Diatessaron and Matt 17:21
- Dear List,
Von Soden (1913) cites the Diatessaron for the inclusion of Matt
17:21. How confident can this be made on critical grounds? In the
Diatessaron the disciples' lack of faith and the faith of the mustard
seed that can move mountains is followed by the statement that only
through fasting and prayer can certain demons come out, just as in
Matthew (17:20-21). Yet Ephrem's commentary, at least the Latin
translation of 1876, passes over this section in silence, a strange
thing indeed compared with other commentators who especially liked to
comment on Matt 17:20. Could the passage be a later addition to the
Diatessaron in conformation with the canonical Gospels, or is the
passage's presence in the Diatessaron fairly safe? Is there a general
consensus on problems like this in the Diatessaron? What about the use
of the Diatessaron as evidence for this particular textual problem
(addition/omission of Matt 17:21)? (This passage does not appear to be
addressed in Petersen's Tatian's Diatessaron.)
Any comments or direction to other sources are appreciated. Thank you.
Jonathan C. Borland
> What about the use of the Diatessaron as evidence forIt seems difficult to me to prove that it really comes from Mt.
> this particular textual problem (addition/omission of Matt
It could equally well come from Mk. It's a harmony, after all.
Wieland Willker, Bremen, Germany
- Thanks, Wieland,
I tend to agree with you that the Diatessaron by itself is an
unreliable witness in this passage due to the nature of its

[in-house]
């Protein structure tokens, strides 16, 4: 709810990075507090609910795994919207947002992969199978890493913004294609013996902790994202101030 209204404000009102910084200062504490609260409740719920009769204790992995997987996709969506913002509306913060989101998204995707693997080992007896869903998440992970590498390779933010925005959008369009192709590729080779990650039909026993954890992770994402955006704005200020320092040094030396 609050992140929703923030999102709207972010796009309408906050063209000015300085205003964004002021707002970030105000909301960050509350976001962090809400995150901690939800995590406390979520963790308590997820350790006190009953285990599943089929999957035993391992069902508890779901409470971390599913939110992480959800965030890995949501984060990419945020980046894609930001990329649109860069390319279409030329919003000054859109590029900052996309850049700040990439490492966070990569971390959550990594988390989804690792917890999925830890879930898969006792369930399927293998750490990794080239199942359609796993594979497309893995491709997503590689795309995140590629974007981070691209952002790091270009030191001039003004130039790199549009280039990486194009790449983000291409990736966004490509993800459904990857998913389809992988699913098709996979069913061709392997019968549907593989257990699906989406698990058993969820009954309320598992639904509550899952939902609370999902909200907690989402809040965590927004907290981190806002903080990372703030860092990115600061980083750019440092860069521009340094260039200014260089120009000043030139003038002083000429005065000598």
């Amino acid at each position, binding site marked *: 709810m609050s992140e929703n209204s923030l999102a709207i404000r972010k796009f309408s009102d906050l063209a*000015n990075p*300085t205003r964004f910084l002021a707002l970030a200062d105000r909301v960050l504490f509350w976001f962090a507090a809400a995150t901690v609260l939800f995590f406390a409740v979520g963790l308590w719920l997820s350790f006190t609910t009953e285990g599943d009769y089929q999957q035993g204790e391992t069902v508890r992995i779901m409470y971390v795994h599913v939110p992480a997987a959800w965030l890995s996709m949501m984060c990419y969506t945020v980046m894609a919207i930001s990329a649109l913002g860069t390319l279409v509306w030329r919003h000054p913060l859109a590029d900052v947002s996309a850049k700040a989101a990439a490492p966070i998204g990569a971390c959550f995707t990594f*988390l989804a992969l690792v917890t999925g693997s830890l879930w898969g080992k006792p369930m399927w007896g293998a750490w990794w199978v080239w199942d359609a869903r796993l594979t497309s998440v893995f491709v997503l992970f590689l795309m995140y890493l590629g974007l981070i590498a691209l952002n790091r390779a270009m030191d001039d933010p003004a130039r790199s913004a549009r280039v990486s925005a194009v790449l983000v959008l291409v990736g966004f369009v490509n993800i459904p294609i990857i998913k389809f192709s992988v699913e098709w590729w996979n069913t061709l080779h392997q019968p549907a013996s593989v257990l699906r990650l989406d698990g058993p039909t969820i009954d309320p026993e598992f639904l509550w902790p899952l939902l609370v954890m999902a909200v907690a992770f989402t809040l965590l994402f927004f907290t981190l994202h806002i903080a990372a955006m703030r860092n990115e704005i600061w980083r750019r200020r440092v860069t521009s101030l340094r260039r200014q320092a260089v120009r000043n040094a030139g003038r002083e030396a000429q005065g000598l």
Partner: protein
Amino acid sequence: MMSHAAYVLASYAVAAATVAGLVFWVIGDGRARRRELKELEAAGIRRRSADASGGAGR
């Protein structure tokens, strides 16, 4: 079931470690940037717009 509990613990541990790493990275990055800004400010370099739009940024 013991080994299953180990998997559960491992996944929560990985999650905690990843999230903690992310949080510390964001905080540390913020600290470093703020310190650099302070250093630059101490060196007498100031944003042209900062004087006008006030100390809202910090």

composition. I am not familiar with all of the sources for the
Diatessaron at this place. The English translation provided in ANF
9:81: "But it is impossible to cast out this kind by anything except
by fasting and prayer."
I mention three peculiar observations:
(1) the term "impossible" seems to correlate more to Mark than to
(2) "cast out" appears to correlate more to Matthew (via _eicitur_ as
the united testimony of the OL) than to Mark (where _exire_ appears in
all the OL except f/10, which singularly has _expelli_);
(3) the presence of "fasting" here in A.D. 166 is strange if it is not
the earliest form of this Jesus saying (cf. Mark, but even there the
possibility that p45 has "fasting" would suggest the possibility that
it is the earliest attested form; cf. also Origen in this place in
Comm. Matt. 13.6-7 [ANF 9:478-9). Cf. also William L. Petersen's
similar pleadings with regard to the "fire" in the Jordan during
Jesus' baptismal episode in Tatian's Diatessaron: Its Creation,
Dissemination, Significance, and History in Scholarship [Supplements
to Vigiliae christianae 25; New York: Brill, 1994], 16-7]).
A few comments from Diatessaronic scholars would be much appreciated.
Jonathan C. Borland
On Feb 5, 2010, at 9:02 PM, Wieland Willker wrote:
> It seems difficult to me to prove that it really comes from Mt.
> It could equally well come from Mk. It's a harmony, after all.
> Best wishes